She was raised around actors, but nothing prepared her for this. The role of Rachel turned Jennifer Aniston into one of the most famous faces around. There were times when she wanted no more of that fame, or that role. But now, as "Friends" comes to a close, Jennifer says she's changed her mind.
Jennifer Aniston: “I do know that funny was always good. And I made everybody laugh. There was nothing wrong with those moments coming up.”
She's the sexy girl from the suburbs, who's just a little bit spoiled. Her stormy relationship with Ross is one TV’s longest running romances.
Over ten seasons, Rachel Green has become America's sweetheart, and so has Jennifer Aniston -- propelling her into a level of fame few ever reach. She and husband Brad Pitt are probably the country's most celebrated --and sexy--couple.
Matt Lauer: “Do you think you're sexy?”
Aniston: “Not all the time.”
Lauer: “That's one of the nicer answers I've gotten. Most people go, no, God no, not sexy at all. But clearly, you're aware of the fact that, I mean, you're married to a guy that women think is outrageously sexy. And men think you are.
Lauer: “So, is that something that crosses your mind a lot?”
Aniston: “They just sit there and they're sexy together.”
Lauer: “Quite the sexy couple.”
Aniston: “Oh, we are such goobers, it's ridiculous. We're probably two of the unsexiest people on the planet most of the time. “
Acting was all in the family
She says fame sometimes shocks her, is still hard to deal with -- even for someone who grew up in a world of actors.
For almost 20 years, Jennifer's father, John Aniston, played a rakish villain on the soap opera, "Days of Our Lives."
Aniston: “My Dad would have poker parties or holiday parties with his cast. I didn’t ever think about fame or anything like that. But I just loved being around those people, those actor types.”
That gave her the bug early. Jennifer went to New York's famed High School of Performing Arts, where she was the class clown. But her father never wanted her to stick with acting.
Lauer: “And so, when you went in and said, you know what? I'm going to take the plunge.”
Lauer: “I'm going to act. What was the reaction?”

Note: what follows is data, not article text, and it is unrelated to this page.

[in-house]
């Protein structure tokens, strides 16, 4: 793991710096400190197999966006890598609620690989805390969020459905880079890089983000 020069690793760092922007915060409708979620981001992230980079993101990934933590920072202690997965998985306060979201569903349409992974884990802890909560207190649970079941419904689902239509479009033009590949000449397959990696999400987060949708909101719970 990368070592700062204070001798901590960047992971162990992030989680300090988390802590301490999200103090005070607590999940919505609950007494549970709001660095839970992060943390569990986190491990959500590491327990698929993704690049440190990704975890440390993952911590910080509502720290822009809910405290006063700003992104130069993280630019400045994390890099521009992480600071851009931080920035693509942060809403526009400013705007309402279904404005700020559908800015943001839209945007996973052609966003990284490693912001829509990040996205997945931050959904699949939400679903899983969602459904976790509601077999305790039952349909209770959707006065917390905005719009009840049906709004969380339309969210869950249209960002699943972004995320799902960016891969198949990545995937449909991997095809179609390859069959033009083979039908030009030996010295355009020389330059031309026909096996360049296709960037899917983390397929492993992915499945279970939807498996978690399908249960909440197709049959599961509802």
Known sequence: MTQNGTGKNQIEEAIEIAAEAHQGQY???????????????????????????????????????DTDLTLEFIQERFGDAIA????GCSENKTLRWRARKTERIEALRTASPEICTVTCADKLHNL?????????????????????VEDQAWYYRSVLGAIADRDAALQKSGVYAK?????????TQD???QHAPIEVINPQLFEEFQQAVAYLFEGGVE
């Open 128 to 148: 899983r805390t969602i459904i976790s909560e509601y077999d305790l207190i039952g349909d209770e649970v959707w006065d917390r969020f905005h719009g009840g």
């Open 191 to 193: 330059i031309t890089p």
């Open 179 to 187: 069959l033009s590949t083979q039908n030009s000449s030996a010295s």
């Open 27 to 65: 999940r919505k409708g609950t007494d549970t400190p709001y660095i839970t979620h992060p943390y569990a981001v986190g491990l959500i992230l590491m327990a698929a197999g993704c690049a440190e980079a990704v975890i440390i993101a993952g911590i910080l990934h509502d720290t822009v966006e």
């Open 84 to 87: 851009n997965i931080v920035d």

Lauer: “I think he made a face like that. And then he said, all right. I warned you. His main concern was my heart breaking. Because it can be so hard, you know, and painful and rejection is not easy.”
But it didn't take long for it all to start paying off. Three years after graduation, in 1990, she was starring in the sitcom version of the hit movie "Ferris Bueller." Her big chance came in 1994, when she got to audition for a pilot, "Friends Like Us."
Lauer: “Tell me what you remember about that?”
Aniston: “I was sitting in the hallway. See Kevin Bright walk by. See all these kind of hippy type-- like Phoebe types that were in the waiting room. And I didn't see any Rachel types. And I walked in. Did my audition. Kind of felt like, I think I needed-- wish I could have gone back. I should have done that differently. Should have done this differently. I got home, two hours later, and I had gotten the job.”
The only hitch was Jennifer was already cast in another new show, a comedy called "Muddling through." She shot both sit-coms for a while, but that craziness didn't last long. "Muddling Thru" was cancelled after four episodes -- and, of course, “Friends” was not. It made her a star.
One measure of her celebrity: search for "Jennifer Aniston" on Google, you get about 716,000 hits.
Lauer: “When's the last time you googled yourself?”
Aniston: “I googled yourself?”
Lauer: “Do you know what that means?”
Aniston: “What is Google? Oh, you mean on the Internet?”
Lauer: “I hope I mean on the Internet, yes.”
Aniston: “I was like, I'm not sure what you're asking me there, Matt.”
Lauer: “Have you ever googled yourself?”
Aniston: “Well, you know. I haven't googled myself, but I've seen the Web sites.”
Lauer: “What do you think when you see that?”
Aniston: “It's surreal. Let's just say that. It's surreal.”
A bunch of hit films, including this year's "Along Came Polly," have only added to her celebrity. And then, well, she does have that famous husband.
Lauer: “You got married to a guy who wasn't a lawyer from Pasadena.”
Lauer: “I mean, you married Brad Pitt.”
Lauer: “How has it been handling the dual fame in your relationship?”
Aniston: “It's a challenge. When you have that much energy coming at two people, whether wanting them to fall apart or wanting them to be happy, it's hard. It can mess with your mind, you know? And you've just got to stay grounded.”
A break from celebrity
She's looking forward to a break from the celebrity whirl once "Friends" is over. The 35-year-old Jennifer has a couple of movie projects lined up, but says she just wants to relax and focus on family.
Aniston: “First thing I am going to do is I'm going to take a vacation. I'm going to see as much of the world as I can before I have a child. And then it's about family.”
In fact, Jennifer admits for the first time that, at least for a while, she wanted to move on, and be finished with friends sooner rather than later.
Lauer: “Some people have said you were the one who needed convincing to come back for this.”
Aniston: “Where are you reading that, Matt?”
Lauer: “Someone said that--that they actually came to you and you were not sure that you could do another year of this.”
Aniston: “Yeah, sure. What the hell, yeah. That I was having, you know, I had a couple of issues that I was dealing with. I wanted it to end when people still loved us and we were on a high. And then I also felt--was feeling--like how much more of Rachel do I have in me? What more is there to-- what more--how many more stories are there to tell for all of us before we're just now pathetic?”
Aniston: “Still living across from each other in our shared bedrooms.”
Lauer: “A 54-year-old Rachel, right?”
Aniston: “But I now, of course, I don't want it to end at all.”